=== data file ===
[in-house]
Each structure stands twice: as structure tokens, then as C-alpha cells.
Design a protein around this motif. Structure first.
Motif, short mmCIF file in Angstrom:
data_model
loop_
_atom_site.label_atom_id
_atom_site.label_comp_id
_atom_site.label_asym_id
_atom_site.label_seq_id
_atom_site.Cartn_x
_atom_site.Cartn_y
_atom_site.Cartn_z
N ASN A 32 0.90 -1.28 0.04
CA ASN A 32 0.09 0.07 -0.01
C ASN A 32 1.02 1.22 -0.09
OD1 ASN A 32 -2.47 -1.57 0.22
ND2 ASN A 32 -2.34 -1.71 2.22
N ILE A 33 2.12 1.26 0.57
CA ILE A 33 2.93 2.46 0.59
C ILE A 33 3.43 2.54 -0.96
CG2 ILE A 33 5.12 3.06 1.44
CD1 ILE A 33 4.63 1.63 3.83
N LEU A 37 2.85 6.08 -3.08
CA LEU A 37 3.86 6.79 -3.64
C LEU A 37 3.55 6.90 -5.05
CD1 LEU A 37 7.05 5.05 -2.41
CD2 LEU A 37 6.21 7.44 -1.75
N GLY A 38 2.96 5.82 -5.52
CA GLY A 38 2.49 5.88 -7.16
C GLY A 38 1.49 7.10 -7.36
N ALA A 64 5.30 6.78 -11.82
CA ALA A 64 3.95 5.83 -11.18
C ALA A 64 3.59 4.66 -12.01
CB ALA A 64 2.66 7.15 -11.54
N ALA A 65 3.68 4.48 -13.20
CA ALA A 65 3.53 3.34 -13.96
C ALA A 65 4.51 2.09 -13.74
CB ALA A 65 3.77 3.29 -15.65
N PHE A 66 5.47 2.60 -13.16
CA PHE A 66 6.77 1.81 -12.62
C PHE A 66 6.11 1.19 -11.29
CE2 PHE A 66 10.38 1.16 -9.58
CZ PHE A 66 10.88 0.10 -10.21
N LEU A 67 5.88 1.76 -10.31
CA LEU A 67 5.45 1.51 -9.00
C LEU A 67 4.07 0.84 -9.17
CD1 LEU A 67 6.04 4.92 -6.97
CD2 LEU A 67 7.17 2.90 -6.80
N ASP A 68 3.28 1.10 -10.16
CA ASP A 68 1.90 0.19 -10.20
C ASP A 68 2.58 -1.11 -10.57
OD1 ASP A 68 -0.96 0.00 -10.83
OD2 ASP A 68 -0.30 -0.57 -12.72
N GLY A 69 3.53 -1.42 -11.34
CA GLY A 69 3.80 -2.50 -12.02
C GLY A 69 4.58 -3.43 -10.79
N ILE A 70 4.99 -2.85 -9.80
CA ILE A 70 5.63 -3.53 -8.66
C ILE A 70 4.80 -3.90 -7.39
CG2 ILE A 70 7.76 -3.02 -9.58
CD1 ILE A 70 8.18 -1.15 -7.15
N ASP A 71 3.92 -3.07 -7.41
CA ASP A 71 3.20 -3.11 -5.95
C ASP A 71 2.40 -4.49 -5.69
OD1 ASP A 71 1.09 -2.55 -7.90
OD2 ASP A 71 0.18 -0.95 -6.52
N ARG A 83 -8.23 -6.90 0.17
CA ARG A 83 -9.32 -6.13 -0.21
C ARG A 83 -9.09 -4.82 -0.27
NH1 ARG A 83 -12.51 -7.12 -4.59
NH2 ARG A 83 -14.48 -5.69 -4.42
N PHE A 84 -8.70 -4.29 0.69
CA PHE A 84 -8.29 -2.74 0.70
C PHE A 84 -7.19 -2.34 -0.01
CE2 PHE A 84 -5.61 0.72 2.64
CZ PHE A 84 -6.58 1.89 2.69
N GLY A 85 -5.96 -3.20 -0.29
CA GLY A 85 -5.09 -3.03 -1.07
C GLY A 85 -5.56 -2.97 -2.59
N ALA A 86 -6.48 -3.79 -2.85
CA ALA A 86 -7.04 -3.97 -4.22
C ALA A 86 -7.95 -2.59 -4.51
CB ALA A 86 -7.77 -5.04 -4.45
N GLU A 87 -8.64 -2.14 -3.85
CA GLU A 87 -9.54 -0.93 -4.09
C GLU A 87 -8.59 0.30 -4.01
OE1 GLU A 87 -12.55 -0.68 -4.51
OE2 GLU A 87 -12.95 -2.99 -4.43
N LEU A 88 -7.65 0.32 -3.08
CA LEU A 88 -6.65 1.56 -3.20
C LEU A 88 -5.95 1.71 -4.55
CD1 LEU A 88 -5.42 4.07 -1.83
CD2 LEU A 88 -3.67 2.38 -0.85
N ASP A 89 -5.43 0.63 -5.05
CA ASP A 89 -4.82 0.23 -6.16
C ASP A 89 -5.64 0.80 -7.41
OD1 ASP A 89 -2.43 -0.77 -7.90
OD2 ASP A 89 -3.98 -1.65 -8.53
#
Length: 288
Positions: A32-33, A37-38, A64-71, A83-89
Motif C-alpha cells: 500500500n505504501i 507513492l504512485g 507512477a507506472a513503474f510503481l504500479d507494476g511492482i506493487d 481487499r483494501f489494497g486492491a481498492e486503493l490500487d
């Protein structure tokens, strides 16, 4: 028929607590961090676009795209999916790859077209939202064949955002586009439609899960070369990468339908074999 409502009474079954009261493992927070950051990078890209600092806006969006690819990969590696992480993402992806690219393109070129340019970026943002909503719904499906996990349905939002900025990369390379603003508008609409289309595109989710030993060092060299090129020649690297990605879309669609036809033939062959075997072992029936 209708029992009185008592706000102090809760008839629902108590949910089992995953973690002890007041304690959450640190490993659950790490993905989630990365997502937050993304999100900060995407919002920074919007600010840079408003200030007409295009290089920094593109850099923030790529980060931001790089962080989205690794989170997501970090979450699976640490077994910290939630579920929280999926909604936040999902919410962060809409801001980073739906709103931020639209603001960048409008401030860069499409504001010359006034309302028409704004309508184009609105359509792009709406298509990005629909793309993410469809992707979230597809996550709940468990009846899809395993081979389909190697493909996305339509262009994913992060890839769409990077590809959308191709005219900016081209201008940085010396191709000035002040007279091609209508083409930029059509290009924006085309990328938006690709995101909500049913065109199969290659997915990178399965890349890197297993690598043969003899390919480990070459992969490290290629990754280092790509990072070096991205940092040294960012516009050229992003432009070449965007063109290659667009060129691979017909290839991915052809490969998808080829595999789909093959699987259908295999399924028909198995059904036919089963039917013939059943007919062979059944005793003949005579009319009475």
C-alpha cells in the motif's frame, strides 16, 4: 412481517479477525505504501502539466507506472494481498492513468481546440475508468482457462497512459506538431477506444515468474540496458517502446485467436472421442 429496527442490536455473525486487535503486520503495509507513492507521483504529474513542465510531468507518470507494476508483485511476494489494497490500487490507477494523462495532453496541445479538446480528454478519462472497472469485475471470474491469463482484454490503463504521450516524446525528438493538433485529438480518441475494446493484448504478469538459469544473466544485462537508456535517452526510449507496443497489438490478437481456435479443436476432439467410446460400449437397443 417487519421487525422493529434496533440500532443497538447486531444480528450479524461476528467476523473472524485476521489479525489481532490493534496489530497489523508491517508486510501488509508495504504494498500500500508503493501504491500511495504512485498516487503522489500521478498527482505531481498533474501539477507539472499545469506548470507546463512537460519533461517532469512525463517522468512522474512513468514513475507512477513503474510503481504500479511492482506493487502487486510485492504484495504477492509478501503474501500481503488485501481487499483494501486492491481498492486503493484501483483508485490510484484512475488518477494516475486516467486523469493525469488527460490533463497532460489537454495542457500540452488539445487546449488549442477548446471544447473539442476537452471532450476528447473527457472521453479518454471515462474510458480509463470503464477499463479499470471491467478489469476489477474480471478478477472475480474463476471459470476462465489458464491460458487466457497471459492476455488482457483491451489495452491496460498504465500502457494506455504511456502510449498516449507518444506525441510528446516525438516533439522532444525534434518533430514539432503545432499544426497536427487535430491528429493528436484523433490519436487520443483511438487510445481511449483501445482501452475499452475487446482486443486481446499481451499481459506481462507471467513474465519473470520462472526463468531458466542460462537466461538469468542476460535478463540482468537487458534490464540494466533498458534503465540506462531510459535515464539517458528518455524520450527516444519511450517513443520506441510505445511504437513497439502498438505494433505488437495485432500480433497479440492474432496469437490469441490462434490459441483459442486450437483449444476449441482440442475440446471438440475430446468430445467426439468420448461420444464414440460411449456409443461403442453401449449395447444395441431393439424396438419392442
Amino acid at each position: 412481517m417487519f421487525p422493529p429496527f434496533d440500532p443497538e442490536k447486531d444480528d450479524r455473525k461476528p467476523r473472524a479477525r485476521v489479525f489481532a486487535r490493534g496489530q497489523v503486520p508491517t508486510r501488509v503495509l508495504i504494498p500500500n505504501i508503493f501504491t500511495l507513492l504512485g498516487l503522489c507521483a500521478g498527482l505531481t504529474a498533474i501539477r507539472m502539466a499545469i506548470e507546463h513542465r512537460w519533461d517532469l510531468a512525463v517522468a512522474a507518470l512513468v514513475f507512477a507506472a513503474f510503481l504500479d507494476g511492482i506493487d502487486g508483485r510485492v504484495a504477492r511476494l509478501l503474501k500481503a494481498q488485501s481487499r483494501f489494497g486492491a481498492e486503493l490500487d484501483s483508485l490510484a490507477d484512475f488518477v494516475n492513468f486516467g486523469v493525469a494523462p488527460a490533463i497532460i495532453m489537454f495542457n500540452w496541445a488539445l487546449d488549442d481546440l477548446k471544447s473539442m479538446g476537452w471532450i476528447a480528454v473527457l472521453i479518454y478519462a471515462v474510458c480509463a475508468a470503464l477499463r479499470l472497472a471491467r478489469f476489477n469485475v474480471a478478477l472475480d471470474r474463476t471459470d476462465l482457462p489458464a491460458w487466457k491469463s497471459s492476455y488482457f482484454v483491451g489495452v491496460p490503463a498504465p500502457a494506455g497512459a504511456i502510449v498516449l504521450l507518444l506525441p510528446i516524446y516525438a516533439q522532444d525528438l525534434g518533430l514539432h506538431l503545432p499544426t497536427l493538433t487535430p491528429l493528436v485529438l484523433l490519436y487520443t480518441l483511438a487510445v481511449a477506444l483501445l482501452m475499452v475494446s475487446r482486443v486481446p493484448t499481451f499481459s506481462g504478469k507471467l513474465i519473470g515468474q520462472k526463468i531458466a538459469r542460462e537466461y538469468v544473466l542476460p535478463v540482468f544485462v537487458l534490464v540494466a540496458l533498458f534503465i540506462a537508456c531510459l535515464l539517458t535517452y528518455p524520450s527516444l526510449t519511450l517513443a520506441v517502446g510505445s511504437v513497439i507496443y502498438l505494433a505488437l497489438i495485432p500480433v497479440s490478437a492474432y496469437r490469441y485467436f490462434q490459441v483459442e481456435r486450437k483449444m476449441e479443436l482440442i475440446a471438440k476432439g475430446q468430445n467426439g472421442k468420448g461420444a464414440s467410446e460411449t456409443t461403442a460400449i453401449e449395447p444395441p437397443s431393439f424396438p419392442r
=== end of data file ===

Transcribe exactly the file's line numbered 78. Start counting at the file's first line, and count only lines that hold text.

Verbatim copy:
N GLY A 85 -5.96 -3.20 -0.29